Published Jun 9, 2004
While having family members with this issue and an ex hubby I am very upset that my dtr/22 is having legal problems (bad ones) from this illness. I have done everything in my power to help her, lawyer, boss at her work, therapy , new doc with meds for depression, helping her understand her probation life now, jail time, drug and alcohol urine tests, offered to take her to AA meetings, trying to get her to move in with me and I am just at a loss for what else to do to help. I know the work and motivation has to come from her. My ex is being very firm and washed his hands of her but I just cannot do that. I am so broken up over this. Being a nurse I know the road she is on is a bad one that will lead to an early death.
I wanted to attend an alanon meeting but the only one is at a time that is not good and far from here.
How in the world do you do the tough love thing on your own child without falling apart? I have never worn these shoes before.
EmeraldNYL, BSN, RN
Wow, renerian, sounds like my fiance's younger brother, who is an alcoholic and has been in and out of jail several times. Can't keep a job more than 2 weeks. Fiance's mom is also a nurse-- keeps saying she needs to kick him out of the house and do the tough love thing, but instead keeps enabling him. It's hard for me to understand because I don't have kids. Whatever you do it will be hard. My thoughts are with you.....
I wanted to attend an alanon meeting but the only one is at a time that is not good and far from here. How in the world do you do the tough love thing on your own child without falling apart? I have never worn these shoes before.renerian
ExTENsive experience in this area, man is it hard. My family of origin, my ex, and now it seems my son has the disease without the smell (severe depression possibly bipolar).
You can get some Alanon daily reading books just about anywhere, "One Day At A Time In Alanon" and "Courage to Change" (make sure it's the meditation book, not the book by Dennis something or other). You can read a page each day and just sit quietly for a moment reflecting or praying. There is also an index in the back so you can look up, for example, "Detachment" which is a HUMUNGOUS tool to use with your daughter. Detaching with LOVE, not anger or being cold* (at the bottom of the page is a reading on detachment).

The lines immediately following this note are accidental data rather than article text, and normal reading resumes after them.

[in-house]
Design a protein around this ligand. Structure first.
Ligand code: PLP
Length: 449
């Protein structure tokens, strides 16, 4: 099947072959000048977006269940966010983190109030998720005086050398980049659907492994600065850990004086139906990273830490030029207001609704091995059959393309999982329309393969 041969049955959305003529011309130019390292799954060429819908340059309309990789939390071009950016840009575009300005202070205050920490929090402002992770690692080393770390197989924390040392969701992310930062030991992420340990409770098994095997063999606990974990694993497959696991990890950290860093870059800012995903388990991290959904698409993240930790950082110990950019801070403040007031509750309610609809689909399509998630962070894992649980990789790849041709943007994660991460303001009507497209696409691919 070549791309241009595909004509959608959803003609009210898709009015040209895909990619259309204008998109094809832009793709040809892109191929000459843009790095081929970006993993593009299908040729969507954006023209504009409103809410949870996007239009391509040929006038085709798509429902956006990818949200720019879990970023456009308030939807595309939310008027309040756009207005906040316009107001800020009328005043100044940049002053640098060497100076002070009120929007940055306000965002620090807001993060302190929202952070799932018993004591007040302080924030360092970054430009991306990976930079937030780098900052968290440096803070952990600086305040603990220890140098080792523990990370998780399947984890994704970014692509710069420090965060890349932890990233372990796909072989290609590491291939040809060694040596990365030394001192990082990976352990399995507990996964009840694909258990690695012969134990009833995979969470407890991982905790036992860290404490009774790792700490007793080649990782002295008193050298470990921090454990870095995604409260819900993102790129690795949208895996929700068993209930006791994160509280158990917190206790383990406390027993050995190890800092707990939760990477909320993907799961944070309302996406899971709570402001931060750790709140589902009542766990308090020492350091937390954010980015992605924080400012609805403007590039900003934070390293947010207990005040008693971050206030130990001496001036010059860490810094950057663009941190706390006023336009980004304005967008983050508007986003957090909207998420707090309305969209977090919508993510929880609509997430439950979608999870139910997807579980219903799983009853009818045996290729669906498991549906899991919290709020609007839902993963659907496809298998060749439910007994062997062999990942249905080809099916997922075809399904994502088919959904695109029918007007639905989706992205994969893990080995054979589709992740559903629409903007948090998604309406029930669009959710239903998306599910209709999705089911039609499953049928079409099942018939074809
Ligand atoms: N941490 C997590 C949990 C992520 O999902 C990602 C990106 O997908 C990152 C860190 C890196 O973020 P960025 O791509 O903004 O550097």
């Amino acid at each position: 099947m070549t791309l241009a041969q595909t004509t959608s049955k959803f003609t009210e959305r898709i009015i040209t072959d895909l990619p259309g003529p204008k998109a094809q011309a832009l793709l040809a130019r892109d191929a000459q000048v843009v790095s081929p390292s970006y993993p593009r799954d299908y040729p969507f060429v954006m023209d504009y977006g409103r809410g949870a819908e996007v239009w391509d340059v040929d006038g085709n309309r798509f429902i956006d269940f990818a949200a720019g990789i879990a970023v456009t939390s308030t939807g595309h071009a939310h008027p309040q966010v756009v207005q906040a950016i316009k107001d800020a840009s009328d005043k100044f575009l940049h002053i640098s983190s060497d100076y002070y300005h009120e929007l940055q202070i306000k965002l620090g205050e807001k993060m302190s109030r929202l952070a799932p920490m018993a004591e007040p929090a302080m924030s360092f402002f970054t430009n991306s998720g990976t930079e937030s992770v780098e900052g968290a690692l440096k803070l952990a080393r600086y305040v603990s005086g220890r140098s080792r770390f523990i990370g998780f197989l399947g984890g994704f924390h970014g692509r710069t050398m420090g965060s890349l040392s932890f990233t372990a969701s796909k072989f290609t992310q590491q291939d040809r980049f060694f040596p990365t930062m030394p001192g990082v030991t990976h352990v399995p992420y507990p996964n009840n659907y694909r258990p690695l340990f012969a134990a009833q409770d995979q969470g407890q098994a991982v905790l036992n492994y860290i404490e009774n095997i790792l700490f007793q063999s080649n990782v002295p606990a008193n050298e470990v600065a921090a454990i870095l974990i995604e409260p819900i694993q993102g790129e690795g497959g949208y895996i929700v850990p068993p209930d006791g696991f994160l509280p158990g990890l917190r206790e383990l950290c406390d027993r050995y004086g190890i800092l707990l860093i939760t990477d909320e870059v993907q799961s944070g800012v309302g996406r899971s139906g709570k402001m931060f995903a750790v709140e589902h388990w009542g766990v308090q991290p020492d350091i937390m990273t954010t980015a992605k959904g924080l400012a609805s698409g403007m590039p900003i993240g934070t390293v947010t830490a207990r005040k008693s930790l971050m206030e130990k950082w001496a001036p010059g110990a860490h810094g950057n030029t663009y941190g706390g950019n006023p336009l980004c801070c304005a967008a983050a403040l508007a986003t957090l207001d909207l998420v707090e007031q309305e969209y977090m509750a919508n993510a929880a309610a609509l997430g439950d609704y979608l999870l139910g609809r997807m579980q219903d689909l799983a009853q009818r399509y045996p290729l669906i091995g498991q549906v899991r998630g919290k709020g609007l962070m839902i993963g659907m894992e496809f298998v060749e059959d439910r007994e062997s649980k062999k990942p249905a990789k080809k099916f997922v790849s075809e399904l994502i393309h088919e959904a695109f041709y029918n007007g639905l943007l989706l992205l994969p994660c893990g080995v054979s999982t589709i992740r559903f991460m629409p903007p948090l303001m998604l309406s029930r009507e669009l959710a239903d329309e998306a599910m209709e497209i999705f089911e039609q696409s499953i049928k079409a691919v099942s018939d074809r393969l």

Did you call the Alanon hotline? There SHOULD be more meetings near you. You would be so relieved when you hear other people talk about how they deal with this.
The most important thing is not to let yourself go in the self care department, if for no other reason than the fact that if you become a basket case, you can't be there for her when she is really ready to get help. Meanwhile, there isn't much you can do besides wait. Of course, the self care is important for YOU, this emotional rollercoaster just might do you in. You are probably taking abuse or having your emotions manipulated sometimes, and so you need to take care of yourself. Besides, you have work, you have needs, you have other family members that you need and that need you.
Good luck my dear
Detachment From Alcoholism
From Buddy T,
It Doesn't Mean Abandoning the Alcoholic.
For the friends and family of the alcoholic, the key to serenity is finding the wisdom to know the difference between what they can and cannot change.
"... we discover that no situation is really hopeless, and that it is possible for us to find contentment, and even happiness, whether the alcoholic is still drinking or not."
The first time a friend or family member of an alcoholic hears these words -- read at the opening of virtually every Al-Anon meeting --they seem too good to be true.
For many who have spent years living with the progressive disease of alcoholism and tried everything possible to keep the situation from growing worse, the thought that finding happiness while the drinking continues seems inconceivable.
Chances are happiness seems like an unrealistic goal, something that only make-believe families on television shows have. For the alcoholic family reality can become one crisis after another. Pain, heartache, agony, stress, pressure, and emotional turmoil, we've got -- but happiness?
But those who hang around Al-Anon long enough find out that the opening statement can become reality in their own lives and in their own homes. One of the keys to that reality is detachment.
Neither Kind, Nor Unkind
As the literature says, "Detachment is neither kind nor unkind. It does not imply judgement or condemnation of the person or situation from which we are detaching. It is simply a means that allows us to separate ourselves from the adverse effects that another person's alcoholism can have upon our lives."